Stat Trek

Teach yourself statistics

Teach yourself statistics

# Event Counter

The Event Counter counts the number of ways that two or more independent events can occur simultaneously (aka, the number of event multiples). For help in using the calculator, read the Frequently-Asked Questions or review the Sample Problem.

• Specify the number of independent events.
• Enter the number of possible outcomes for each independent event.
• Click the Calculate button to compute the number of event multiples.

## Problem

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### What is an event?

An event is a subset of a sample space - one or more sample points.

For example, suppose you flipped two coins. The sample space would consist of all possible outcomes from the toss of two coins - Heads/Heads, Heads/Tails, Tails/Heads, and Tails/Tails. A sample point would consist of a single outcome from the sample space - Heads/Heads, Heads/Tails, Tails/Heads, or Tails/Tails.

### What is an independent event?

In probability, two events are independent when the occurrence of one event does not affect the occurrence of the other event.

For example, suppose you rolled one die two times. The outcome of the first roll would be one event; the outcome of the second roll would be another event. The outcome of the first dice roll (Event 1) does not affect the outcome of the second dice roll (Event 2). Therefore, we would say each roll of a die is an independent event.

### What is an event multiple?

On this website, we refer to a grouping of two or more independent events as an event multiple. Many problems in statistics require a count of the number of unique event multiples that can be created from independent events.

For example, suppose one event is the outcome of a coin flip - heads or tails. Another event is the outcome from throwing a dart - hit or miss. These two events can be combined in four different ways - heads/hit, heads/miss, tails/hit, and tails/miss. Therefore, in this example, there are four possible event multiples.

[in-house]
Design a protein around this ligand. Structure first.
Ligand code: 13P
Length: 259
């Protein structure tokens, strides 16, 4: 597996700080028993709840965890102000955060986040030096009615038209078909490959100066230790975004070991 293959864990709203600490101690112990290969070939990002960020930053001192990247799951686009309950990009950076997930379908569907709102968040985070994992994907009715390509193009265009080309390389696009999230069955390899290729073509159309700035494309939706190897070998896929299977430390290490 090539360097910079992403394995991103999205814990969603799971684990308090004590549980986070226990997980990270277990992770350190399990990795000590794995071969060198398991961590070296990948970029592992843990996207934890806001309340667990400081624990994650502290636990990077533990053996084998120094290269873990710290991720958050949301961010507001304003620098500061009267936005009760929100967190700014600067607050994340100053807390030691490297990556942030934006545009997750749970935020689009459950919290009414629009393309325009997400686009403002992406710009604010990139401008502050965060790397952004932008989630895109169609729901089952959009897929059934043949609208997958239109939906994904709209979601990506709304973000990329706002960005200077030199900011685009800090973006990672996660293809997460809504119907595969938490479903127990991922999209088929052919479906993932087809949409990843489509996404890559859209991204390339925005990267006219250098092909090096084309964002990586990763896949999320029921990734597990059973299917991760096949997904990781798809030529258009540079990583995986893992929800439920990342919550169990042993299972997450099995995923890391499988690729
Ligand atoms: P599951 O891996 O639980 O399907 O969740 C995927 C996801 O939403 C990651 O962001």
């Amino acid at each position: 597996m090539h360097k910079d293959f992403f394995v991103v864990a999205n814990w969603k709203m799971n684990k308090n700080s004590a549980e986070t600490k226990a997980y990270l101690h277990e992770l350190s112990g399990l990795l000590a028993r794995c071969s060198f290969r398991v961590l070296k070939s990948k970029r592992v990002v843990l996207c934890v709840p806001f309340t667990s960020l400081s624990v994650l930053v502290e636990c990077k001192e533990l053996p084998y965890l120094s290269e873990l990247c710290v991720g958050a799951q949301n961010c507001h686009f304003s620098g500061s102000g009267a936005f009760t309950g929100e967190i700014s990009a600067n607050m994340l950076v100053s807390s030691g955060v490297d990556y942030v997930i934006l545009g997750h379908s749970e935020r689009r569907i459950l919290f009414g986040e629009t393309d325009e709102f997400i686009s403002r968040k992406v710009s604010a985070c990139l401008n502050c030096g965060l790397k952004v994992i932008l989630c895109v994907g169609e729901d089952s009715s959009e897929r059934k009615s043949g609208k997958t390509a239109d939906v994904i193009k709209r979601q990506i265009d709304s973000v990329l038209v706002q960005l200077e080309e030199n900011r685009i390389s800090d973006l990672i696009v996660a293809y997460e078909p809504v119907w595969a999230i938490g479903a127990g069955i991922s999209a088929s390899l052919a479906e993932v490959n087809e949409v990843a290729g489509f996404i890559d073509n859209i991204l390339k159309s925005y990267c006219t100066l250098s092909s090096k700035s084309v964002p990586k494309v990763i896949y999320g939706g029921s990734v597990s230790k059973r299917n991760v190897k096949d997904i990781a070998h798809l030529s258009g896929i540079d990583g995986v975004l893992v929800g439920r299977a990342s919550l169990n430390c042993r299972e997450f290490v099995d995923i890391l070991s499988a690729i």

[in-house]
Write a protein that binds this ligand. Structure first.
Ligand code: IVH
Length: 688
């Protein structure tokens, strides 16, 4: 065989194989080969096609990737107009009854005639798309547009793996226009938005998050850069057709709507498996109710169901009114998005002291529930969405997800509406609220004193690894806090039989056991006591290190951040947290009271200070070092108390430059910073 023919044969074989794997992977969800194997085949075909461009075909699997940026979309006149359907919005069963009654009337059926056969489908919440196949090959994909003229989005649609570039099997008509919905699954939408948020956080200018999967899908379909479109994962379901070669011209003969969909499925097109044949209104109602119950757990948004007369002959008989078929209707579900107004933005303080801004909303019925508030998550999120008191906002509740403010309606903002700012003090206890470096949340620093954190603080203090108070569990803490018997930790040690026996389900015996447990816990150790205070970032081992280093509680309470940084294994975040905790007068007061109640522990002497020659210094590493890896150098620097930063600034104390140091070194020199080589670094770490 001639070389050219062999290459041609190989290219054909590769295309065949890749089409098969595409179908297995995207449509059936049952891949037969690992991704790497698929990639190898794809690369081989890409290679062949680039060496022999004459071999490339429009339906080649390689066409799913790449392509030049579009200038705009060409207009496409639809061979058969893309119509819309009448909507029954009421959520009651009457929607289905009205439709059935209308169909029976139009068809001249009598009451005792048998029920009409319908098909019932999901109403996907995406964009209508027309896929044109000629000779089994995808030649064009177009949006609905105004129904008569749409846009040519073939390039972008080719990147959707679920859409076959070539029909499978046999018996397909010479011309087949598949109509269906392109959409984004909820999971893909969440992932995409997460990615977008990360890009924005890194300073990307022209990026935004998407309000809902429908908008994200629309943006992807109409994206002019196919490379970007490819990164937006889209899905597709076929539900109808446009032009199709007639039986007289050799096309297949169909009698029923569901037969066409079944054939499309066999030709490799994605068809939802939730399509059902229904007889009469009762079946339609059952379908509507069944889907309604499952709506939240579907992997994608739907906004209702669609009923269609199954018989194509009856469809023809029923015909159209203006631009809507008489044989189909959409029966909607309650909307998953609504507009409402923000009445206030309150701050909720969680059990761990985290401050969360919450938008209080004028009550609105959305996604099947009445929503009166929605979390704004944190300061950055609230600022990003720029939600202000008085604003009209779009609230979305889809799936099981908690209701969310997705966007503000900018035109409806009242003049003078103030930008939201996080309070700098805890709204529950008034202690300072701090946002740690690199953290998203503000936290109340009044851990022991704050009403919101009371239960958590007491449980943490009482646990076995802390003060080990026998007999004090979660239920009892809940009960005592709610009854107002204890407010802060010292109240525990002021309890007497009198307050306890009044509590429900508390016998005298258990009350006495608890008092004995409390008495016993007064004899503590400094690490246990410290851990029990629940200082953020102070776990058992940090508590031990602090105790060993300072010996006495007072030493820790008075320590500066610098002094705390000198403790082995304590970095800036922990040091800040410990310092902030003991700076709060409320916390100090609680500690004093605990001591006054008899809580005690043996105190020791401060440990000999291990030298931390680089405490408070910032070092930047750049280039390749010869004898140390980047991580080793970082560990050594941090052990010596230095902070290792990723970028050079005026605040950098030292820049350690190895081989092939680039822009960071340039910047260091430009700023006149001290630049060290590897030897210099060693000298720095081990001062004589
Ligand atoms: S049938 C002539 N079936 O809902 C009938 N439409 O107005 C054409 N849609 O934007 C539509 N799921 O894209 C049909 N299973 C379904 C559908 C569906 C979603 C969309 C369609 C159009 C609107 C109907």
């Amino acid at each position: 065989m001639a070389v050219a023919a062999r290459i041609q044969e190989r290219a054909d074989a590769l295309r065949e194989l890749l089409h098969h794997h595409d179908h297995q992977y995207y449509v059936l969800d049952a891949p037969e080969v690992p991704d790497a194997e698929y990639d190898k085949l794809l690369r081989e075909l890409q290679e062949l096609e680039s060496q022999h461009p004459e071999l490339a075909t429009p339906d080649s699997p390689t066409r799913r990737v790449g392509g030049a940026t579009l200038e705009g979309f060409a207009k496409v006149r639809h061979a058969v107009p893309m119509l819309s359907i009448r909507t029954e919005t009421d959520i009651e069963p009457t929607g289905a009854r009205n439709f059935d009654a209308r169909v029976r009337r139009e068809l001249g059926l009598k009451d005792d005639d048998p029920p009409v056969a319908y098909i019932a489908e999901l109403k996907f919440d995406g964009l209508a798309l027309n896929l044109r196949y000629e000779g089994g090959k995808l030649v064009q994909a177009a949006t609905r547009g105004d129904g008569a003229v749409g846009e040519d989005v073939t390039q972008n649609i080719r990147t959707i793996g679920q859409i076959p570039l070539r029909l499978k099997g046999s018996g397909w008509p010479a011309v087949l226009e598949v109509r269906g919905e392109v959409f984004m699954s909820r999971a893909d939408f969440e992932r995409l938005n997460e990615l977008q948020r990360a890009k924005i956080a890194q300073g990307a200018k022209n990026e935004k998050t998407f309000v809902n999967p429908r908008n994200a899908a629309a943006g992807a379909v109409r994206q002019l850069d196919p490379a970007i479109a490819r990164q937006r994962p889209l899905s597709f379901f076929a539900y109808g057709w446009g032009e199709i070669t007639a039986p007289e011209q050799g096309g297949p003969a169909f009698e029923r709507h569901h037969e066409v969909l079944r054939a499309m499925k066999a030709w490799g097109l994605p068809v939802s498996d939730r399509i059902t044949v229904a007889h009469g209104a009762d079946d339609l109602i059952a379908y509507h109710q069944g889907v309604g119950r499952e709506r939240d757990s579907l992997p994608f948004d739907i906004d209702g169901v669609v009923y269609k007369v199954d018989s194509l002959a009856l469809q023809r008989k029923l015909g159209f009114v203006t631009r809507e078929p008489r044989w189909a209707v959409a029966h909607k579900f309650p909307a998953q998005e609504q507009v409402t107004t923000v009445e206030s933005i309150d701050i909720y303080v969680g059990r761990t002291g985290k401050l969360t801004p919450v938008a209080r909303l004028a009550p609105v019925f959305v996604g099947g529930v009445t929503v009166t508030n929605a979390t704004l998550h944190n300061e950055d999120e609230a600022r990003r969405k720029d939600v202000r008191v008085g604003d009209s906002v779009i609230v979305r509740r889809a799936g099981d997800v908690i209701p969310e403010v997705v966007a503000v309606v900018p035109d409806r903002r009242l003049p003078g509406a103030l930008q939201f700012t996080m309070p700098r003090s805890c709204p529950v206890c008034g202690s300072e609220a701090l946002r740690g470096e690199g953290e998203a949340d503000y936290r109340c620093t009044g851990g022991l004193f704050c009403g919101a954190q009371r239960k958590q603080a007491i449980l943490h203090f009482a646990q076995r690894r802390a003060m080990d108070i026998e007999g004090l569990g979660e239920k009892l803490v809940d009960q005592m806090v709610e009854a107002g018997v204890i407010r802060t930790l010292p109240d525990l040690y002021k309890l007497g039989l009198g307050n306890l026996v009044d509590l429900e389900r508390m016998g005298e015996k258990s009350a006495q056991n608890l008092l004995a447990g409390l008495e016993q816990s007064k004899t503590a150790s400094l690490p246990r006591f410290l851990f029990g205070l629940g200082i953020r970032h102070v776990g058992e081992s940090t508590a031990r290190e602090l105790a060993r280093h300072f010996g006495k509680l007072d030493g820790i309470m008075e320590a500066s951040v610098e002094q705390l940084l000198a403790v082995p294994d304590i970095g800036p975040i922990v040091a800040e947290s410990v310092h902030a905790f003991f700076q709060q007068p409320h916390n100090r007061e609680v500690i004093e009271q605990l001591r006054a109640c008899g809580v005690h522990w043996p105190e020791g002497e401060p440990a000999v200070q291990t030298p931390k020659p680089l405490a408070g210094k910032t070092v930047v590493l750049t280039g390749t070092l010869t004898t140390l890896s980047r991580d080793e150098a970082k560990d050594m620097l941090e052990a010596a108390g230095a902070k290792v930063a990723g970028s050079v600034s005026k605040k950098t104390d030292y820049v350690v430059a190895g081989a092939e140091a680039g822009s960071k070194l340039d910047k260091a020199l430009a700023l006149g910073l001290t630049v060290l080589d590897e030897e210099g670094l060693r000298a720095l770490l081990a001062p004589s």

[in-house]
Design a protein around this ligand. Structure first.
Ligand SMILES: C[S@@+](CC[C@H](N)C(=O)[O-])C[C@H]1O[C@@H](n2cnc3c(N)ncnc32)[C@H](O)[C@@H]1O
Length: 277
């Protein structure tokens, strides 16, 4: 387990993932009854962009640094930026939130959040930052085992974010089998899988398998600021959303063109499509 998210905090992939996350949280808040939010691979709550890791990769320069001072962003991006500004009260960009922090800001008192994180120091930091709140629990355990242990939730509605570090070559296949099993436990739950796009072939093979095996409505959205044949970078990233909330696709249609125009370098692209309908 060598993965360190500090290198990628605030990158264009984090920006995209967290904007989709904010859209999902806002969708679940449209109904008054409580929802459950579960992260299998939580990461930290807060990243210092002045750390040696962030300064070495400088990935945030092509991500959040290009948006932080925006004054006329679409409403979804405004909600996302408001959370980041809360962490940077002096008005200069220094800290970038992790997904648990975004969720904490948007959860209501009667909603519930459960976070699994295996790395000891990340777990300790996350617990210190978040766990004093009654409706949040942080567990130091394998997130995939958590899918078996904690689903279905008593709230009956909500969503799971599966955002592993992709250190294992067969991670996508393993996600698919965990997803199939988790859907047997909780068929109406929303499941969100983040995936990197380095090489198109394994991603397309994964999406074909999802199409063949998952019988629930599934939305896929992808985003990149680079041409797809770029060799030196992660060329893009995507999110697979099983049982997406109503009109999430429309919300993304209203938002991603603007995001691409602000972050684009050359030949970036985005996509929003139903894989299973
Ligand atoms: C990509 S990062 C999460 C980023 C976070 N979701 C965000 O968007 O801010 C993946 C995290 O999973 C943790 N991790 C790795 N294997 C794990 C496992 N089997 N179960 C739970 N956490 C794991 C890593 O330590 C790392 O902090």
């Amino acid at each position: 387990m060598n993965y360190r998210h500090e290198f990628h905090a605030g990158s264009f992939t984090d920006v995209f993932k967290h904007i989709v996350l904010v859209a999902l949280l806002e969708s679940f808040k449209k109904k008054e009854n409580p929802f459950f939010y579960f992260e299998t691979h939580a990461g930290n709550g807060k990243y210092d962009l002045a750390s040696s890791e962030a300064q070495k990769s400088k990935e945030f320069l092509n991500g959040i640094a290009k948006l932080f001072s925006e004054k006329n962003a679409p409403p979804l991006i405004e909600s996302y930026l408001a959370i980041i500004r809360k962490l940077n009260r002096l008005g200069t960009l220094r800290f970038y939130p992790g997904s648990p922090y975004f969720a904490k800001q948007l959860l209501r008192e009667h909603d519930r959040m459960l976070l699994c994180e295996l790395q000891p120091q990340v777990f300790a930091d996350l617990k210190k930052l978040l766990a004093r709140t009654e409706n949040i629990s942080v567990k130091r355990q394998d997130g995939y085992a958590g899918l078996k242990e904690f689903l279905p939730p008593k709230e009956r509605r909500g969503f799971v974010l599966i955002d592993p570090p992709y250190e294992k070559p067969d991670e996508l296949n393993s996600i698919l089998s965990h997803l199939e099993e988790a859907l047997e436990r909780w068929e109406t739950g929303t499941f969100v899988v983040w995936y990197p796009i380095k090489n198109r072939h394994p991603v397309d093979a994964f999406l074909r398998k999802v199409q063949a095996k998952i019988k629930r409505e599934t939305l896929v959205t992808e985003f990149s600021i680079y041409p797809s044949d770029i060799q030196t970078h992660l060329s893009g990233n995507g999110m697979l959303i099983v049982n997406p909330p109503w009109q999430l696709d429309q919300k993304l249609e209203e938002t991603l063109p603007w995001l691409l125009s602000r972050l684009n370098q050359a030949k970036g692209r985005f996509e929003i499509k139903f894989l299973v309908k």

This calculator, the Event Counter, counts the number of unique event multiples that can be created from two or more independent events. For an example that demonstrates event multiples, see the sample problem below.

## Sample Problem

1. On holidays, Chef Alice serves a dinner special consisting of a drink, an entree, and a dessert. Customers can choose from 5 drinks, 8 entrees, and 3 desserts. How many different meals can be created from the dinner special?

Solution:

The solution to this problem involves counting the number of event multiples. We know the following:

• Each dinner consists of 3 independent events - a drink, an entree, and a dessert.
• Customers can choose from 5 drinks, 8 entrees, and 3 desserts.

The number of event multiples would be (5)(8)(3) = 120. Thus, 120 different meals can be created from the dinner special. To solve this problem using the Event Counter, do the following:

• Enter "3" for "Number of independent events".
• Enter "5" for "Number of outcomes for Event 1".
• Enter "8" for "Number of outcomes for Event 2".
• Enter "3" for "Number of outcomes for Event 3".
• Click the "Calculate" button.

The answer, 120, is displayed in the "Number of event multiples" textbox, as shown below.